Mumbai: India’s capital market regulator has proposed an easier set of rules that would allow local start-ups such as software product development firms and e-commerce ventures to raise capital through listing on stock exchanges.

If implemented, the proposals will improve access to funding for such firms and give them an alternative to offshore listings.

The Securities and Exchange Board of India (Sebi) on Monday released a discussion paper putting forward the proposal after a series of meetings with start-ups and merchant bankers. India is home to nearly 3,000 start-ups, and the pace at which they are coming up has accelerated.

In the discussion paper released on Monday, Sebi proposed that start-ups list on an alternative capital raising platform of Indian stock exchanges with easier compliance norms. This platform would be part of the existing institutional trading platform, typically used for listing by small and medium enterprises.

“…considering the unique nature of such companies, they seek differential treatment. If the capital raising process in India is not made further relaxed for such issuers, they may be driven to list on stock exchanges outside India…," said Sebi, explaining the need for a special set of rules for start-ups.

According to Sebi, “new-age companies" having an innovative business model and belonging to the knowledge-based technology sector, where no person (individually or collectively with persons acting in concert) holds 25% or more of the pre-issue share capital, may access capital through the institutional platform.

Sebi also proposed easier disclosure norms for start-up listings. The regulator said that while filing the draft offer document with Sebi, such firms will only need to disclose broad objectives of a public issue rather than the granular details that are required of regular primary issuances.

“This business is a completely different model. Their goal is to grow big, which results in losses. Some of these companies are already much larger than brick-and-mortar companies. This is a welcome move because a lot of these companies are going to the US for listing. The problem is that Indian laws only allow a company to be listed after showing three years of profit," said Nishchal Joshipura, partner at Nishith Desai Associates, a law firm.

In the discussion paper, Sebi acknowledges that a number of these firms may be loss-making at the time of listing.

Only two types of investors—qualified institutional buyers (QIBs) and non-institutional investors (NIIs)—will be allowed to invest in shares of start-ups that opt for listing, Sebi suggested.

However, the definition of QIBs would be widened to include systematically important non-banking financial companies and family offices/trusts that register themselves as alternative investment funds.

Sebi proposed that any other investing entity registered with Sebi with a minimum net worth of 500 crore may also be considered as a QIB for investing in shares of start-ups.

“While QIBs will be entitled for at least 75% of the shares of the start-up, the balance will be held by NIIs," said the discussion paper, adding that no QIB can be allotted more than 5% of the issue size. The minimum application size in case of such issues will be 10 lakh.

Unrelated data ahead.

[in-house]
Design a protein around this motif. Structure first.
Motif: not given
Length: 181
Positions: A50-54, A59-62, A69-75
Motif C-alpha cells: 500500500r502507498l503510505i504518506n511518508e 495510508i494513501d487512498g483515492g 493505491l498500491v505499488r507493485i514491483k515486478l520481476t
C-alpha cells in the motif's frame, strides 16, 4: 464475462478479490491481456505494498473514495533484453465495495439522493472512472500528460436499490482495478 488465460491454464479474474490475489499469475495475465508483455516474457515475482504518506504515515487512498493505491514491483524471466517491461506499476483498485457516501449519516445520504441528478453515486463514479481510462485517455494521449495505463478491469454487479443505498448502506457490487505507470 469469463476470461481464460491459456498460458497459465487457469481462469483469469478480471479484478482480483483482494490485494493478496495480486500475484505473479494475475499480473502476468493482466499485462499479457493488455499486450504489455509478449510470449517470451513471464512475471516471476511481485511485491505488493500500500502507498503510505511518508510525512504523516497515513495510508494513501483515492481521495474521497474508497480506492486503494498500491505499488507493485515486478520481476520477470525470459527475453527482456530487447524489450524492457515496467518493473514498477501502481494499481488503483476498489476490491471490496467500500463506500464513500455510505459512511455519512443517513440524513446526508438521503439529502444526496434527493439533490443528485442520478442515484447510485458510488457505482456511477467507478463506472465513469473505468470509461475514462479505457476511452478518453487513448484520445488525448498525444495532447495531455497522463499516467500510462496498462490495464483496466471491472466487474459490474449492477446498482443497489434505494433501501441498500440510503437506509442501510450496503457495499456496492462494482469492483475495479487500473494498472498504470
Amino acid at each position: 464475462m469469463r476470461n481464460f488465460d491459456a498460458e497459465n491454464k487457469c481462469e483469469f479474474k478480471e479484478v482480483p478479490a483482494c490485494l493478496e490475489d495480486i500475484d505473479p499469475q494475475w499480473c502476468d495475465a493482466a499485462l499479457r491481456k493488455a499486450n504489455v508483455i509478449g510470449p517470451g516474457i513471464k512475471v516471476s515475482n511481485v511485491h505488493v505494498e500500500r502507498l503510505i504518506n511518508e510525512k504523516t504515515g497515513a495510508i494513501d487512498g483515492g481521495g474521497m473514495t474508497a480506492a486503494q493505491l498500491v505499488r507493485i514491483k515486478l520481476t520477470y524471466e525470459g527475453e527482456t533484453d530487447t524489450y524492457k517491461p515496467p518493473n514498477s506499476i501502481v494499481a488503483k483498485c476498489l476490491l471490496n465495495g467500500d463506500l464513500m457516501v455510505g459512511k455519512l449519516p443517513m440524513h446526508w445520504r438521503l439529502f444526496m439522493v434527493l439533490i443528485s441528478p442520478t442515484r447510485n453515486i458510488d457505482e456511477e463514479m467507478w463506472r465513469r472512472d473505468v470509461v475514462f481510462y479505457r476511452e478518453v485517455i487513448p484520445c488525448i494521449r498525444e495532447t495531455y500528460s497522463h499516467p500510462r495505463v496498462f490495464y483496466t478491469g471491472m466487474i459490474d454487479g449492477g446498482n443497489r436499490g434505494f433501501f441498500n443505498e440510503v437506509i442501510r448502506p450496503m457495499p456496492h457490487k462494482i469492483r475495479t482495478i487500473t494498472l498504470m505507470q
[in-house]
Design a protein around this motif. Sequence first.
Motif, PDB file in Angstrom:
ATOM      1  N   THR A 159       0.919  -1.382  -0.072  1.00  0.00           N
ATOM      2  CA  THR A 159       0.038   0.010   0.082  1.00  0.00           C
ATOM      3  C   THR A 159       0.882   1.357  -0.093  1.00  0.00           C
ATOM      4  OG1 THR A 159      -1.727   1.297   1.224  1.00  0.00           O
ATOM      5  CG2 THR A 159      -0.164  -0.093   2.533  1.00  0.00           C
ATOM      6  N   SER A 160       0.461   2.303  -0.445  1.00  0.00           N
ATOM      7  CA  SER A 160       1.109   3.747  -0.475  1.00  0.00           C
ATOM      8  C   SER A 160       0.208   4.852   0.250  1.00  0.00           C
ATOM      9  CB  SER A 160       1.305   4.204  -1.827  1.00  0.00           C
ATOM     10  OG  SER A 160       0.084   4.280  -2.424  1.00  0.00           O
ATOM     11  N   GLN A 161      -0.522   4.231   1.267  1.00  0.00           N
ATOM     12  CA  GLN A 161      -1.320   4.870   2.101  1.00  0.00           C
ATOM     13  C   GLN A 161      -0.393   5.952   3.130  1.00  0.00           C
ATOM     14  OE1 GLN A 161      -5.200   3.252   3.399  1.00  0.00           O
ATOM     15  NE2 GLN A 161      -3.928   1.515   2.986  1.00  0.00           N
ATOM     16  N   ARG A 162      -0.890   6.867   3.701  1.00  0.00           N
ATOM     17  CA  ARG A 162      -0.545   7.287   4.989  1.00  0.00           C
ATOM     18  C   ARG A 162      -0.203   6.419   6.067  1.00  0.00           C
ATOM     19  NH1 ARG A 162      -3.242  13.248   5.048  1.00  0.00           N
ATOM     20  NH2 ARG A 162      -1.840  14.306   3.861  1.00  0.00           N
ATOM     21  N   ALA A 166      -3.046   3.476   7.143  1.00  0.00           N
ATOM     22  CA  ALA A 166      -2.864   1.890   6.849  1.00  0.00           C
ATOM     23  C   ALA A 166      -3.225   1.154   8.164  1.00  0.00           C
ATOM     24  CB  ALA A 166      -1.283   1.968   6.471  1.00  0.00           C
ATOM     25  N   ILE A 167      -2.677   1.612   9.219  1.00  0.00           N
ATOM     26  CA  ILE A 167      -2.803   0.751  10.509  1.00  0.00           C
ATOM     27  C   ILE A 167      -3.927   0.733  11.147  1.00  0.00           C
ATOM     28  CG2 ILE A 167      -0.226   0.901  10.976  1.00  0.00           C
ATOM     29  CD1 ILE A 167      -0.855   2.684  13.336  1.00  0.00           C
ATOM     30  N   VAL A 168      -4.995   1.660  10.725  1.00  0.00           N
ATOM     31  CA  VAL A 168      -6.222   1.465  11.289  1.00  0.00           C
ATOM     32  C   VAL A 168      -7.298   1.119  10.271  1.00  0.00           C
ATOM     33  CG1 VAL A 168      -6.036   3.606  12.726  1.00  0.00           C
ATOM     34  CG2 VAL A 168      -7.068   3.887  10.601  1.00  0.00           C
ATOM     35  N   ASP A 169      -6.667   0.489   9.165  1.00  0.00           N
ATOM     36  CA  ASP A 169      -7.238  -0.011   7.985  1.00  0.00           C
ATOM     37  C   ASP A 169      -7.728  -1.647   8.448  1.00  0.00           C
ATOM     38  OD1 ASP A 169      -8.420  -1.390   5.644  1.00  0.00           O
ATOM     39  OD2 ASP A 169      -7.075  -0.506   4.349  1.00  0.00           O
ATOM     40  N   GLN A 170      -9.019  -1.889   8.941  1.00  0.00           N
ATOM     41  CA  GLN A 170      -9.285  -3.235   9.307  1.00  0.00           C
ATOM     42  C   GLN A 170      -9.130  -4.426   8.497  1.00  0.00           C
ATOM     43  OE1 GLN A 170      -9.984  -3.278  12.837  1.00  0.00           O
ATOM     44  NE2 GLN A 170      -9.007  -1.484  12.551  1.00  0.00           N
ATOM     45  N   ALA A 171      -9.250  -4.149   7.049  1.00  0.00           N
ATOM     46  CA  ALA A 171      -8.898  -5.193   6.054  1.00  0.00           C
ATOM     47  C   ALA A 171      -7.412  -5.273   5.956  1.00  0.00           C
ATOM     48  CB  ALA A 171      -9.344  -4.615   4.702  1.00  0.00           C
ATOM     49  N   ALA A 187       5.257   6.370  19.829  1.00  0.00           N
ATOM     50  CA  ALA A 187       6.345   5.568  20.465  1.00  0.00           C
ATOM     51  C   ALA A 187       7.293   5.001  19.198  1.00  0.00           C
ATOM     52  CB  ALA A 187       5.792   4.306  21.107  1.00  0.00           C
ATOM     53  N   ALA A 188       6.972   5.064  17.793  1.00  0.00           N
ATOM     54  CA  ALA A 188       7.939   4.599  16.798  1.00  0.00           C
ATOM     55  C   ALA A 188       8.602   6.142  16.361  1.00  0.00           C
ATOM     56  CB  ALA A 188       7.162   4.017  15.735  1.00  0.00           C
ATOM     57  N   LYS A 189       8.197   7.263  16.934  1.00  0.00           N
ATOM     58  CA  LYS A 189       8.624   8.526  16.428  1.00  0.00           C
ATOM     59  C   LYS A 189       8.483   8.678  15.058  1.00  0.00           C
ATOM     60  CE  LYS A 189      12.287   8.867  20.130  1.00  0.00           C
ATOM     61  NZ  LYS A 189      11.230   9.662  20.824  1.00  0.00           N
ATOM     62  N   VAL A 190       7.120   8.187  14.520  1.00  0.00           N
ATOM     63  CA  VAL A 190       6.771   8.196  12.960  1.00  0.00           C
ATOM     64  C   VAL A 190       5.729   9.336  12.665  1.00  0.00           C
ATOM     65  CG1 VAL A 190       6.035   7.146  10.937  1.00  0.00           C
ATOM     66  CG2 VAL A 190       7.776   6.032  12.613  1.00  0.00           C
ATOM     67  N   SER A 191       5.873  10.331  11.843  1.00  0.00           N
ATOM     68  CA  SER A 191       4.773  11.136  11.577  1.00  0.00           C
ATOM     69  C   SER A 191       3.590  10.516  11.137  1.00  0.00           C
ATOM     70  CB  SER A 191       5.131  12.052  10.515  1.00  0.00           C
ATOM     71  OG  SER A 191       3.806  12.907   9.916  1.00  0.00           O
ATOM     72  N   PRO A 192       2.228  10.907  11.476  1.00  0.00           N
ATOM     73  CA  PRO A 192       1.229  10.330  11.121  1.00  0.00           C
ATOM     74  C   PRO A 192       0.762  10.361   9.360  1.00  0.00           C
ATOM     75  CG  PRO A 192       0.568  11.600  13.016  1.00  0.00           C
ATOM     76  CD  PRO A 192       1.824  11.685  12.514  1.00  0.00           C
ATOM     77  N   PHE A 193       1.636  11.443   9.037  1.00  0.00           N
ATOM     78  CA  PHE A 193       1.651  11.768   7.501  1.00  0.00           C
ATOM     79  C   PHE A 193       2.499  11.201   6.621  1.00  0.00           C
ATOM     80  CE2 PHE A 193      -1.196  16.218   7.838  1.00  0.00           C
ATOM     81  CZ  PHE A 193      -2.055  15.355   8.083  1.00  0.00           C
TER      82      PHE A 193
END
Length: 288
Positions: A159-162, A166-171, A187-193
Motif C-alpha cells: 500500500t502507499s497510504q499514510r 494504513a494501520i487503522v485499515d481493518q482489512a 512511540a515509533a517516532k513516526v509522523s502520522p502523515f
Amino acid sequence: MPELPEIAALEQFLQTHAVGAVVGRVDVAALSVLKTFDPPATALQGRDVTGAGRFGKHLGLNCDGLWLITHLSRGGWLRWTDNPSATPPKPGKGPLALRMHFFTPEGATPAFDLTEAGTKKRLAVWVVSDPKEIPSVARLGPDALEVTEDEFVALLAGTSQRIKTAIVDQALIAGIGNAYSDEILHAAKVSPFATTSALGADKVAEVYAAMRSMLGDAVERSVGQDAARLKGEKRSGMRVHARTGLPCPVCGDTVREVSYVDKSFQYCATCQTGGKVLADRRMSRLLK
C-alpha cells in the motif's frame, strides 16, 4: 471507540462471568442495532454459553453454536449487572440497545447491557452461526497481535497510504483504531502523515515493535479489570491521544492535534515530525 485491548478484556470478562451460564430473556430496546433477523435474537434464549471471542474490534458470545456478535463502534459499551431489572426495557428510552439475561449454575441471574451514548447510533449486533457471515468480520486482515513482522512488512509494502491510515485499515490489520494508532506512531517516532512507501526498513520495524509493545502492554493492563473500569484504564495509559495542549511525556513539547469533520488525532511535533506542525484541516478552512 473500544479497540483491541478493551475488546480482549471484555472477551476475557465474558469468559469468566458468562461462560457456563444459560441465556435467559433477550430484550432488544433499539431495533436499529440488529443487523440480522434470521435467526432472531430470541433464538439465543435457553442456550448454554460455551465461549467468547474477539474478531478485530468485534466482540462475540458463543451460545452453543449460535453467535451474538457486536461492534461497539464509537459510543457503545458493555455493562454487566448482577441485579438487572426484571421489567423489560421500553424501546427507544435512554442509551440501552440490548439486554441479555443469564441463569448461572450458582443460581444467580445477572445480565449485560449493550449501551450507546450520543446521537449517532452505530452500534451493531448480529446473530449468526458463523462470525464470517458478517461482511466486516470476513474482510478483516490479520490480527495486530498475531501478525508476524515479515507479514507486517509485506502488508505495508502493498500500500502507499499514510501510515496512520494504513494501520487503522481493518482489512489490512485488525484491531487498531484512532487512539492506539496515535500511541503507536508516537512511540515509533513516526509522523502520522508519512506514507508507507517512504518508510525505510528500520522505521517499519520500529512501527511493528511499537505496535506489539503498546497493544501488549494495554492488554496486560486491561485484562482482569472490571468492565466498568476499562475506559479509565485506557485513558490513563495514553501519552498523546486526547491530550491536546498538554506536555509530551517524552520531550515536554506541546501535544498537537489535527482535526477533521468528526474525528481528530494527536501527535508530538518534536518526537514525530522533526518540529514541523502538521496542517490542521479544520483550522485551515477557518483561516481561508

Retail investors will not be allowed to invest in such issues initially due to the risk involved, said the capital market regulator.

To get listed on the proposed platform, a start-up will be required to allot shares to at least 500 investors while launching the issue. Sebi proposed that the start-up will need to remain listed on institutional platform for at least a year before migrating to the main board of the stock exchange.

Post-listing, the minimum trading lot in shares of such start-ups on the institutional platform has to be of 5 lakh, Sebi proposed.

Unlike in conventional IPOs, where promoters are subjected to a lock-in period of three years for a minimum of 20% of the post-issue capital, shareholders investing in start-ups at the time of listing will have a six-month lock-in.

“…many start-up companies that have flourished in recent times and several of which have also achieved scale, have lower founding members’ holding (often less than 20%) and a large holding of institutional investors. Thus, founding members of such companies are not in a position to offer the shares for lock-in…," the paper said.

According to Kaku Nakhate, president and country head at Bank of America Merrill Lynch, Sebi’s proposal will help create a market for start-ups, but many of them may still opt for overseas listings to maximize valuations.

“There are some smaller start-ups in India for which local listing can be possible. But the problem still is on how to value these companies because they are not profit-making, but it’s a good move nevertheless," Nakhate said.

Sebi has sought public comments on the proposals by 20 April. U.K. Sinha, chairman of Sebi, said on Monday that final regulations on listing of start-ups will be ready by June. Sinha was addressing the sixth capital market summit organized by the Confederation of Indian Industry. Sinha also said that final guidelines on e-IPOs will be announced shortly.

Separately, Sinha said, Sebi will take action against companies that are unable to comply with the requirement to appoint a woman director on their boards by 31 March, according to the revised listing agreement regulations. According to Indianboards.com, at least 354 of 1,478 NSE-listed firms are yet to appoint women directors.

Joel Rebello contributed to this story.

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